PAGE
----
The rationale behind the creation of the appointments committee system three years ago, by which time Jüri Ratas (Centre) was prime minister, was to keep the supervisory boards of companies, and by extension also relevant appointment committees, away from the maelstrom of politics, according to BNS.

Argo Luude (EKRE) and Reet Roos (Isamaa) appointments to nominations committee may be sign of things to come

Recent decisions made by the government have in fact violated that principle, however, according to BNS, following the Argo Luude appointment to the nominations committee, as well as that of Reet Roos, an active member of Isamaa and one of its biggest donors.

Both parties are in the coalition together with Center, the largest in terms of MPs but one which, or at least whose leader, critics often say have the shots called to it by EKRE and even the much smaller Isamaa.

According to Postimees Ratas allegedly blocked the nomination of Luude for the post of minister of the environment last spring as the current coalition was being formed, on the issue of his track record, with a relative unknown Rene Kokk, getting the spot. In other words the daily is suggesting that the Luude appointment was a quid pro quo.

Luude is the owner of Eesti Keskkonnateenused, one of the largest waste handling companies in Estonia. In February 2012,  he received a punishment under settlement procedure for an agreement undermining competition which concerned a public procurement for street cleaning services in Tartu. Luude was fined €17,040, while his company, AS Veolia Keskkonnateenused, had to pay €100,000 as well.

On the issue of supervisory board members' remuneration, according to BNS, these are to a certain extent nominal fees, at least by top-earner standards in Estonia, though less so than was earlier the case. The appointments committee raised the remuneration rate for the chair of the supervisory board at Eesti Energia from €472 to €2,000, according to BNS.

Long-term resident's comment

Commenting on the development, commentator, observer and long-time Estonian resident Dario Cavegn questioned how realistic arriving at a wholly impartial, independent board for nominating officials to companies actually was, if committee members were also to be experts in their fields, partly because of the size of the country, and partly because such a committee cannot accurately reflect the interests of the populace as a whole.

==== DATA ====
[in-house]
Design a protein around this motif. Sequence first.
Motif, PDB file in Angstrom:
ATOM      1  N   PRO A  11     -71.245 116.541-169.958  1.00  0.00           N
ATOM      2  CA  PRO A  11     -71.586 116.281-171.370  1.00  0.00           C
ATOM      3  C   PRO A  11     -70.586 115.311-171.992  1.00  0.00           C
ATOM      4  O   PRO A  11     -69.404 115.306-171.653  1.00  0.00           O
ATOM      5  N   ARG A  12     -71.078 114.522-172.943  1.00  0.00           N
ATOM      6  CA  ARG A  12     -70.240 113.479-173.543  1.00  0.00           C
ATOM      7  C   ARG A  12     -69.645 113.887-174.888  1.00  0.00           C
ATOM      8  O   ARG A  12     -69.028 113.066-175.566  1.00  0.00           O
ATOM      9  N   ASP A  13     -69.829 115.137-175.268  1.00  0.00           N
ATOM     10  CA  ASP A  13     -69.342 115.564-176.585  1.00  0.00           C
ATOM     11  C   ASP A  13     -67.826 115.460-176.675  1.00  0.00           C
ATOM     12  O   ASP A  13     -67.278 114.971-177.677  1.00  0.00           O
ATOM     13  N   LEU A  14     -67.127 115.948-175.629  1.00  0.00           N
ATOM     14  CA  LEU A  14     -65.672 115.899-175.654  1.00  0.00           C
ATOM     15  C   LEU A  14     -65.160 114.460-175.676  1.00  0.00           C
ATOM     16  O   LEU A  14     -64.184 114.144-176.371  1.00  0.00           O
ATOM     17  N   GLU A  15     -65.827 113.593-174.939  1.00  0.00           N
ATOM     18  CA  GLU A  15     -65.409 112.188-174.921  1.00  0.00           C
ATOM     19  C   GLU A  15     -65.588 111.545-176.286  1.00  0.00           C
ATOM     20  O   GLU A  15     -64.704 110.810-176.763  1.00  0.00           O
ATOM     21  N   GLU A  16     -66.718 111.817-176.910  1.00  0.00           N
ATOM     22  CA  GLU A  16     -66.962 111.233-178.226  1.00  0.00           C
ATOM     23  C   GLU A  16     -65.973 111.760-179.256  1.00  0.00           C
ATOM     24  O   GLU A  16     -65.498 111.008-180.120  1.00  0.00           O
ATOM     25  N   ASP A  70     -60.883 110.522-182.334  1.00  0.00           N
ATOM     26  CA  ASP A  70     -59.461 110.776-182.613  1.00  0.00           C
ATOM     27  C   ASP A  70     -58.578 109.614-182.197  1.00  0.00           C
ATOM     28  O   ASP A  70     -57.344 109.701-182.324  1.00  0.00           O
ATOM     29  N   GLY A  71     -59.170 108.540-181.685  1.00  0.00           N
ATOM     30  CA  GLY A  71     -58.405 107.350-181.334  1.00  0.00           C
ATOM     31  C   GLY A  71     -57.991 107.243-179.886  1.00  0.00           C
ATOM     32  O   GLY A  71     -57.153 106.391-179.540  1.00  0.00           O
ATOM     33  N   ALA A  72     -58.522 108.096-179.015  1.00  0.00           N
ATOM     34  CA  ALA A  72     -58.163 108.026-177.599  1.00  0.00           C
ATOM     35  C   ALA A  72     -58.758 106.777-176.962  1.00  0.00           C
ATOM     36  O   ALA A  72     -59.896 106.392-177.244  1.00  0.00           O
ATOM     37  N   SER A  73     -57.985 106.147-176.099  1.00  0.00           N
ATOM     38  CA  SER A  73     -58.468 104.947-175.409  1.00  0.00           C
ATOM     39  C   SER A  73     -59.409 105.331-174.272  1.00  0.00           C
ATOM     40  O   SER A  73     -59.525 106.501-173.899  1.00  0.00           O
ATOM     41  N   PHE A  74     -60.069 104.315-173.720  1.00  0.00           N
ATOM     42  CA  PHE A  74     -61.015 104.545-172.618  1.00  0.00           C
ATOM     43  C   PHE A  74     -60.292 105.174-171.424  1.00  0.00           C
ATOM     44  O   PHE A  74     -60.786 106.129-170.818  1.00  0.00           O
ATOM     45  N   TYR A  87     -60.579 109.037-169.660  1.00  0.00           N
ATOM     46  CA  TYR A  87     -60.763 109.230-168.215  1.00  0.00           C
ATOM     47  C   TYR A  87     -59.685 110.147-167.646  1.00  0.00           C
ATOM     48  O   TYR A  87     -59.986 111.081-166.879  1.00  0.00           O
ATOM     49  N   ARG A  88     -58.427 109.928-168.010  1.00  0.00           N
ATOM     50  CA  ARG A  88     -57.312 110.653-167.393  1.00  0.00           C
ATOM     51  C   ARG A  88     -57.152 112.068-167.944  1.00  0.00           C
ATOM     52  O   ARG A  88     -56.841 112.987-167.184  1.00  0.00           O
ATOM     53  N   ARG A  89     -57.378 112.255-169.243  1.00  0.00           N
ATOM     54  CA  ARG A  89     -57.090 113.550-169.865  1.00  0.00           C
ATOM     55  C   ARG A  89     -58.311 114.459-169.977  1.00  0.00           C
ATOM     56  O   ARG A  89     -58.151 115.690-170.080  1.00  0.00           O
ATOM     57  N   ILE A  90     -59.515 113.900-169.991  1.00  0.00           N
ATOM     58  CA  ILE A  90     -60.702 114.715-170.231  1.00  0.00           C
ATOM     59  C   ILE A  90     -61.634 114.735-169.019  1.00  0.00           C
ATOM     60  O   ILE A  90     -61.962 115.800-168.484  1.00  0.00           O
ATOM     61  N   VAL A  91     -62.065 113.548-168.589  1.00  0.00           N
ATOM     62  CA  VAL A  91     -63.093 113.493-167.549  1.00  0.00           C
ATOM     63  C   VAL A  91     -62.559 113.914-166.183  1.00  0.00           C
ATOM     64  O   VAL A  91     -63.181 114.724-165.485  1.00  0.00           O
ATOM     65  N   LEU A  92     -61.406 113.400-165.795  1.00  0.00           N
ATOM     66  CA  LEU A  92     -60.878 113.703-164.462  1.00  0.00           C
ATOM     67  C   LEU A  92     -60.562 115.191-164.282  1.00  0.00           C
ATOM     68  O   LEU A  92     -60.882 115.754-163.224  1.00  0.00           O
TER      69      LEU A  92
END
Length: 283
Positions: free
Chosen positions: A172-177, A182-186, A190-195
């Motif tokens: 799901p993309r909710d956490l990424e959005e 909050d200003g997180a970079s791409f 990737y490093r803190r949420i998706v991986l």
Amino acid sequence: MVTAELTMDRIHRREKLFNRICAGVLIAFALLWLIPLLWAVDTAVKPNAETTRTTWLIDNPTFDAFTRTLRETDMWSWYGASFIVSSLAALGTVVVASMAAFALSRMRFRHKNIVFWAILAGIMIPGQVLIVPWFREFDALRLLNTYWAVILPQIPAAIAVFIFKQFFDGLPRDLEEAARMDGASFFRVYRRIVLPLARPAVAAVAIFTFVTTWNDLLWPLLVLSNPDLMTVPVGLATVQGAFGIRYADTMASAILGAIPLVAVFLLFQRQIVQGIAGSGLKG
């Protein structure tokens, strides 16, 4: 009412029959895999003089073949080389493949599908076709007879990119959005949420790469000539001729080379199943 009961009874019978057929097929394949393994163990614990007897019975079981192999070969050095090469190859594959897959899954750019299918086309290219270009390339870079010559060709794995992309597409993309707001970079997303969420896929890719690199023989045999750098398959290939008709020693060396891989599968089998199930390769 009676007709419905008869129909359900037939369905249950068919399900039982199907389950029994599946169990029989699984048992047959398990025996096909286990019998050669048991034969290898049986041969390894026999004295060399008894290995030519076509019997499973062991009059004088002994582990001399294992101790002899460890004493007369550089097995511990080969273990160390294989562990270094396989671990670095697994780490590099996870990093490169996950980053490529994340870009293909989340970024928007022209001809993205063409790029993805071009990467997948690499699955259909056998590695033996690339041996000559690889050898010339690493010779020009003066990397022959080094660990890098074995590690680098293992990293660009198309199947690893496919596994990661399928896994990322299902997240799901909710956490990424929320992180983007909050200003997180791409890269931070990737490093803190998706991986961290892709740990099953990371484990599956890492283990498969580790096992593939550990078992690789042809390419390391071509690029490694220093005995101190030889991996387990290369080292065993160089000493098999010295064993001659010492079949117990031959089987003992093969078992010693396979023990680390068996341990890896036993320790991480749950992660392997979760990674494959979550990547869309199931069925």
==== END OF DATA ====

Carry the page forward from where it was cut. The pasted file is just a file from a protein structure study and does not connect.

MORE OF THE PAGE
"First off, this is Estonia, a country of 1.3 million, where the lion's share of elected and appointed officials as well as business people share their alma mater and sit in the same fraternities and sororities," Cavegn told ERR News earlier in the week.

"There is no such thing as independence in this country: it's simply too small for it."

"Second, a naming committee made up of experts is an ideologically 'professionalist' body. Given that 70 percent of Estonian citizens don't hold a degree, and that we are talking about companies owned by the public, this means that at least in principle, an expert committee can't represent the economic interests of well over half the nation," he added.

Cavegn also noted that, on the contrary, the politicization of the committee via the mores of leading members of the three coalition parties was a starting point, moving towards accountability to the legislature, rather than an endpoint to be retreated from.

"Politicizing the naming committee in fact doesn't go far enough. As it plays a decisive role in the administration of assets owned by the public, it should be made up exclusively of elected officials. It should be made subject to parliament, and represent the proportional make-up of the Riigikogu," he said.

Members of the business community, as well as opposition politicians such as Jevgeni Ossinovski (SDE), have recently criticized the drift towards political appointees on state boards.

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Editor: Andrew Whyte